Static Code Analysis based on NDepend

This is the eleventh blog of a series of posts about the topics Continuous Integration and Continuous Delivery. It explains how important continuous integration is, to deliver software in short iterations to the customer with a high quality standard.

The static code analysis rules from Microsoft, which I introduced in the last post, are a great and easy start to find common problems in your code like memory leaks, security holes or application crashes. As soon as you want to define own customized rules and analyze your code very deeply, you should take a look at NDepend. It is an amazing tool which is quite easy to use and gives you great information about the quality of your code by analyzing the dependencies of every single line. Besides that, NDepend supports an own easy SQL-like query language to select the important information from the code analysis. And after all it can be easily integrated into the CI build to execute the defined queries and check if any of them are violated.

In the following post I am going to explain how to write own queries with NDepend and integrate them into the TFS build workflow.

Set up NDepend

First of all you have to download NDepend. The installation package comes with a Visual Studio Add-In which you should install. After that a new menu entry is available in the Visual Studio as well as a status icon in the bottom right corner. Load your current solution and select the NDepend menu entry "Attach new NDepend Project to current VS Solution". It is important that you build your solution before you use NDepend because the analysis is based on the created assemblies. After you attached NDepend to the solution an analysis will run and show the following web page:

You should spend some time on this web page and study all the information and metrics you get from NDepend. There is a Dependency Graph and Matrix as well as more than 80 code metrics like complexity, maintainability index or lines of code respectively intermediate language. You can easily identify the parts of your code which are used heavily (Type Rank metric) and should be tested more carefully because bugs in these components would have a higher impact. All the NDepend metrics are explained in detail on the page NDepend Code Metrics Definitions. The areas on the NDepend web page are defined in the CQL Query Explorer. Out-of-the-box NDepend already delivers hundreds of predefined queries to analyze your code deeply.

Write your own queries

NDepend is a powerful and complex tool to execute static code checks. But it also allows to define an own rule set by using the code query language (CQL). You can easily adapt the existing queries or just create your completely customized ones. Because of the SQL-like syntax it is really easy to understand.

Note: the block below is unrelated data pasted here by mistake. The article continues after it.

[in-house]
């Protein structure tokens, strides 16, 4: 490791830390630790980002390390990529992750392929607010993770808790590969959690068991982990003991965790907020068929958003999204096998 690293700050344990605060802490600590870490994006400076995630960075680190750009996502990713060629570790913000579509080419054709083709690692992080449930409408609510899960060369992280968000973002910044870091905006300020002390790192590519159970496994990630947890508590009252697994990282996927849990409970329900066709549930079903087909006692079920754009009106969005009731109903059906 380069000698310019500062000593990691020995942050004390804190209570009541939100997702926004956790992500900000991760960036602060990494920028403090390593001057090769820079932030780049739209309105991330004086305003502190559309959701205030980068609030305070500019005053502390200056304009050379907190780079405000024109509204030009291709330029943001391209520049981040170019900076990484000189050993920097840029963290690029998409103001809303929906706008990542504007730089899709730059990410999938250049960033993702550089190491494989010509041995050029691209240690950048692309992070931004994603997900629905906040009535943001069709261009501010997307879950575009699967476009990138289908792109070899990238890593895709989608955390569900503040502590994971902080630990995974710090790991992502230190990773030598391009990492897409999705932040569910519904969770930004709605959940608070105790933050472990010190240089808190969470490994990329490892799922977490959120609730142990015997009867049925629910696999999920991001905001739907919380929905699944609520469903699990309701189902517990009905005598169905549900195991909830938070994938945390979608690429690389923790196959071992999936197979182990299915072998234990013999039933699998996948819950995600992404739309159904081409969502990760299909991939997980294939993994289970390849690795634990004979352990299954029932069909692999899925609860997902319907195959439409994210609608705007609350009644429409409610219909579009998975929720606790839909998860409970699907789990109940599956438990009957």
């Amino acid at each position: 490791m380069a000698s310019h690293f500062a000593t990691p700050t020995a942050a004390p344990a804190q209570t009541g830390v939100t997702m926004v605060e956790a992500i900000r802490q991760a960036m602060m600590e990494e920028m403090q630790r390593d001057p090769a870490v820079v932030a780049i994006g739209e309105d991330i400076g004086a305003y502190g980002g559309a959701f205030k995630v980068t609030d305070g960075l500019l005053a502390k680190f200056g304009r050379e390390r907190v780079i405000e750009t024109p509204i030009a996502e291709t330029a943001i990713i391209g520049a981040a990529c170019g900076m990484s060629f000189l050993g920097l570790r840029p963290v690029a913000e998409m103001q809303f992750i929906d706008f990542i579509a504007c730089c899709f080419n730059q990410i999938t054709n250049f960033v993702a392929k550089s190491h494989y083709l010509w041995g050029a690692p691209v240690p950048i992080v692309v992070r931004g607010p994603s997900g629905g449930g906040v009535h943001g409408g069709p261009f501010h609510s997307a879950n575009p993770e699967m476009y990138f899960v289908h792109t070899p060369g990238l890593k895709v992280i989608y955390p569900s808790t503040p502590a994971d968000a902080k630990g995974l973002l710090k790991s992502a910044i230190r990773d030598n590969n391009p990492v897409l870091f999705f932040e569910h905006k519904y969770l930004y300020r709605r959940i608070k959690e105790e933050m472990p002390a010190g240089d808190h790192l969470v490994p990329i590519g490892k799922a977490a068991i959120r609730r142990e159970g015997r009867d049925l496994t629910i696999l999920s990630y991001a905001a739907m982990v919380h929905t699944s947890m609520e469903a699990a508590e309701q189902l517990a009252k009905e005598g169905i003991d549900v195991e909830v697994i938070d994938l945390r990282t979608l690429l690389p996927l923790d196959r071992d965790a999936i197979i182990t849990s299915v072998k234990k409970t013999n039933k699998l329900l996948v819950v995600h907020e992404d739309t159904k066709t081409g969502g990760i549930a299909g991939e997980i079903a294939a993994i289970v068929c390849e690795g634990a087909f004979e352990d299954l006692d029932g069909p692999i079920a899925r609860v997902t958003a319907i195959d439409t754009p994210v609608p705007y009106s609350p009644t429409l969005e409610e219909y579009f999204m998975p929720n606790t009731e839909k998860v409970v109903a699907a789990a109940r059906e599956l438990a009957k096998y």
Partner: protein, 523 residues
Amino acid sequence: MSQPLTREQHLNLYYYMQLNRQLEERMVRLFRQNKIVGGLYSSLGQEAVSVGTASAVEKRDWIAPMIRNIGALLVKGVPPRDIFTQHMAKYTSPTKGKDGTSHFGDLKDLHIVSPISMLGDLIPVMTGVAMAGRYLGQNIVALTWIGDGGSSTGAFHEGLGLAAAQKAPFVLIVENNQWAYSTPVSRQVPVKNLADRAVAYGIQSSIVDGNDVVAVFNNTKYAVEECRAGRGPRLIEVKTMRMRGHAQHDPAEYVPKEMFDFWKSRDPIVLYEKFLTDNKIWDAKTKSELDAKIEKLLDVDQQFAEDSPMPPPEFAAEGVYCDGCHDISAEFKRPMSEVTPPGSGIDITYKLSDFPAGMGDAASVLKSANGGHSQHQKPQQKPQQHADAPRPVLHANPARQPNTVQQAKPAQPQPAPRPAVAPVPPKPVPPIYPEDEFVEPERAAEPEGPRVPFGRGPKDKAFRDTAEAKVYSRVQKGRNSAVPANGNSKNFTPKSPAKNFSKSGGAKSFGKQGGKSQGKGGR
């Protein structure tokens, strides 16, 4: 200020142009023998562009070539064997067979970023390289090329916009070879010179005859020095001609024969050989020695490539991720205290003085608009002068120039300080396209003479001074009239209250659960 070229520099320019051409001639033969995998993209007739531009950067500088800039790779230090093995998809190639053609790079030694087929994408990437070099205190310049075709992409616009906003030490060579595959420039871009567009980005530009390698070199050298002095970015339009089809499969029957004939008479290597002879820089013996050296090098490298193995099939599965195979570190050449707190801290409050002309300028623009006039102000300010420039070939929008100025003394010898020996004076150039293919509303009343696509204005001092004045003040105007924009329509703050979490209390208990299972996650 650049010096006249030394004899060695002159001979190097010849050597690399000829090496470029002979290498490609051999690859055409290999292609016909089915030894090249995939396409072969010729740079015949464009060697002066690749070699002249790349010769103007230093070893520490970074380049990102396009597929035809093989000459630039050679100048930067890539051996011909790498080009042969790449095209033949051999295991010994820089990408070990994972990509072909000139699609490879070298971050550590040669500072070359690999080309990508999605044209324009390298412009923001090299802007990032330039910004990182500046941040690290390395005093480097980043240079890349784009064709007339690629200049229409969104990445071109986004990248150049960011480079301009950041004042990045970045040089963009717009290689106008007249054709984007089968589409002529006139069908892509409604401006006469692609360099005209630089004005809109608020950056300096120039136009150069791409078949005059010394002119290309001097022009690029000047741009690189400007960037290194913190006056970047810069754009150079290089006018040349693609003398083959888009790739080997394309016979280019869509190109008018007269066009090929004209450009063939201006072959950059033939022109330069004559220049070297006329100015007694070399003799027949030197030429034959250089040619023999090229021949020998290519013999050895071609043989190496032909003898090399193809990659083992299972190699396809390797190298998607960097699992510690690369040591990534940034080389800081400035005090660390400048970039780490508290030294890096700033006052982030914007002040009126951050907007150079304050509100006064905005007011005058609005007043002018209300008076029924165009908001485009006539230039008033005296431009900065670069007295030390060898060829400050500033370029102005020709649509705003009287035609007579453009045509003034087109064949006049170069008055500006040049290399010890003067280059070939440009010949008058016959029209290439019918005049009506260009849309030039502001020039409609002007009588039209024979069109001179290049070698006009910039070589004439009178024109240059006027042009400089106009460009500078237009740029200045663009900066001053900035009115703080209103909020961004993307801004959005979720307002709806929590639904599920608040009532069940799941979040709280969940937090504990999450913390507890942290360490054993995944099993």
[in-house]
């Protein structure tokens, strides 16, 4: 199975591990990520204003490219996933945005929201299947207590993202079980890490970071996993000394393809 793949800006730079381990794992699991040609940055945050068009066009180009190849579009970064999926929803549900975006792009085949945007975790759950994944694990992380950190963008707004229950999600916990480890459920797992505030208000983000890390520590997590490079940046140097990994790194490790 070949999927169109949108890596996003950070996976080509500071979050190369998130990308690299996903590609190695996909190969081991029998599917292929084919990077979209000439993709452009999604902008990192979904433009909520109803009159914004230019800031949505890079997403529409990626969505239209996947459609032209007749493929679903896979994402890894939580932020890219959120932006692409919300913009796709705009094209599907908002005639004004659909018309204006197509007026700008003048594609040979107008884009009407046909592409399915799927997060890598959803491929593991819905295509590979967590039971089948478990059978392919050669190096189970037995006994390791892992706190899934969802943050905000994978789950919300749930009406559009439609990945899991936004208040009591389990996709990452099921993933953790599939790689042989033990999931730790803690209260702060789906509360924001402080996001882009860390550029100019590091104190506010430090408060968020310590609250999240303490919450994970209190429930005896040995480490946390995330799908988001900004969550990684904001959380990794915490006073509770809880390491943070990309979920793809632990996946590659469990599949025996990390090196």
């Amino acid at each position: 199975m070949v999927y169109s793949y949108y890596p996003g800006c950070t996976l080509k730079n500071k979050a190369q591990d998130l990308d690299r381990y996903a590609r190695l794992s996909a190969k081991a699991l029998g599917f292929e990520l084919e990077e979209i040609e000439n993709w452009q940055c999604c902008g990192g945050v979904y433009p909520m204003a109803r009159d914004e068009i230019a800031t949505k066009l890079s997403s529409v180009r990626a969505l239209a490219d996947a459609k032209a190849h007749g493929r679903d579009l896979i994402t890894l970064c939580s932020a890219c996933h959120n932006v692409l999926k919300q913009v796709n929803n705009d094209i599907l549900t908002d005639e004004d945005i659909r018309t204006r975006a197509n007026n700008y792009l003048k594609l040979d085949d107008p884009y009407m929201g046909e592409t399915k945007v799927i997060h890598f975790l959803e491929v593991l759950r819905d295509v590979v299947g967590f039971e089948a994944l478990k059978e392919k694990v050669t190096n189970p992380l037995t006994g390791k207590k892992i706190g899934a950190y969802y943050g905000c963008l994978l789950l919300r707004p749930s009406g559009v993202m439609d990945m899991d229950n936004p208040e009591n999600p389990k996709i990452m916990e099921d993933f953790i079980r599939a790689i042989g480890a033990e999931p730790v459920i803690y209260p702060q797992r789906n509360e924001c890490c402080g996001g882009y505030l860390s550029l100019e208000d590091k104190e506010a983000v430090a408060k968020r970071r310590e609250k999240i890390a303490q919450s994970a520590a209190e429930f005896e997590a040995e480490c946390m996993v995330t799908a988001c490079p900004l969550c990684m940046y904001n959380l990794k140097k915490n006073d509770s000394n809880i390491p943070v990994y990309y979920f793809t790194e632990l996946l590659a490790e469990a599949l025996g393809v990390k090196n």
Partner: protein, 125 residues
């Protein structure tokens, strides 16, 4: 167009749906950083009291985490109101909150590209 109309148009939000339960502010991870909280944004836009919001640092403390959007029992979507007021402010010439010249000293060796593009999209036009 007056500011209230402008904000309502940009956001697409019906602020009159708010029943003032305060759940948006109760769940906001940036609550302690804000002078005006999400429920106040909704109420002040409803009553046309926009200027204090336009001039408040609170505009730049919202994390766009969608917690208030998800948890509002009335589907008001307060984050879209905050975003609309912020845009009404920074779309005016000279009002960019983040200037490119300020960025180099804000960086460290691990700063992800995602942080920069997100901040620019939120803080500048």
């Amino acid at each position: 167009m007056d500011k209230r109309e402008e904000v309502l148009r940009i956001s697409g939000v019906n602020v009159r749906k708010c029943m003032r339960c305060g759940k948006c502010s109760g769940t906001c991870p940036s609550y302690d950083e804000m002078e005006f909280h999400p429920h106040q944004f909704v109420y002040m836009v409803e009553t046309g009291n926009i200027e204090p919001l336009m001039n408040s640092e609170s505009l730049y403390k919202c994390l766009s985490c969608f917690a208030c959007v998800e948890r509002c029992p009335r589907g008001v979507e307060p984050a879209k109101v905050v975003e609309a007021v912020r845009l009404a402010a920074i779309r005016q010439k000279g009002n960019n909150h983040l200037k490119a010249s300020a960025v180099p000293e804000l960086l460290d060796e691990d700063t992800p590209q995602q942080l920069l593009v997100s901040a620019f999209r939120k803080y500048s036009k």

The following query, for instance, selects all the methods which have more than 20 lines of code (comments and empty lines are not counted).
NbLinesOfCode > 20 

Besides such general queries it is of course also possible to write specific queries for your solution. This query selects all assemblies which directly reference the data access component (DepthOfIsUsing "ASSEMBLY:DataAccess" == 1) but are not the business logic (!NameIs "BusinessLogic"). This can detect, for example, if the data access is used directly by the presentation layer.
WHERE DepthOfIsUsing "ASSEMBLY:DataAccess" == 1
AND !NameIs "BusinessLogic"

Integrate NDepend into TFS Build

After you defined all your NDepend rules, it would be great if code which violates the rules cannot be checked-in anymore. Therefore, you have to flag first the queries you want to cause an error. First of all, the query has to give a warning if a certain threshold has been reached.

In the following example a warning is shown if just one method exceeds 20 lines of code.
WARN IF Count > 0 IN 
NbLinesOfCode > 20 

Additionally, the rule has to be marked as critical to make the build fail. There is a red button in the upper right corner:

After you defined all your rules, limits and importance of the rule, the build has to be configured to fail in case of check-ins which do not fulfill these rules. First of all, enable the gated check-in feature that the bad code is not committed in the source control. An NDepend Activity is available on codeplex and has to be integrated in the TFS 2010 Workflow Build. (see also Integrate NDepend with TFS)

How to improve old legacy code step-by-step

All of these code checks are great if you introduce them before you actually write code. The problem is just that this is not all the time the case. In most of the cases an old legacy system with a lot of code already exists and should be improved. This can be usually just being done step-by-step.
Think about introducing a rule that every method should be a maximum of 20 statements long. With legacy code and thousands or ten-thousands methods introducing this rule is nearly impossible. But therefore NDepend provides a great feature to apply the rules just for changed code. This makes it possible to define strict rules and introduce them step by step. Every check-in makes the code better than before and even huge and complex systems can be improved over time.


NDepend is a great and extremely powerful tool to analyze your code. You can easily write your own queries and integrate them into the build. This saves a lot of time during the architecture, design and code review because the most common errors can be already detected before the code is actually check-in. Afterwards it is usually extremely difficult and can cost a lot of money to clean up and repair the bad code.

Hint: Try to identify after every code review the common errors and write a rule which detects them in the future.

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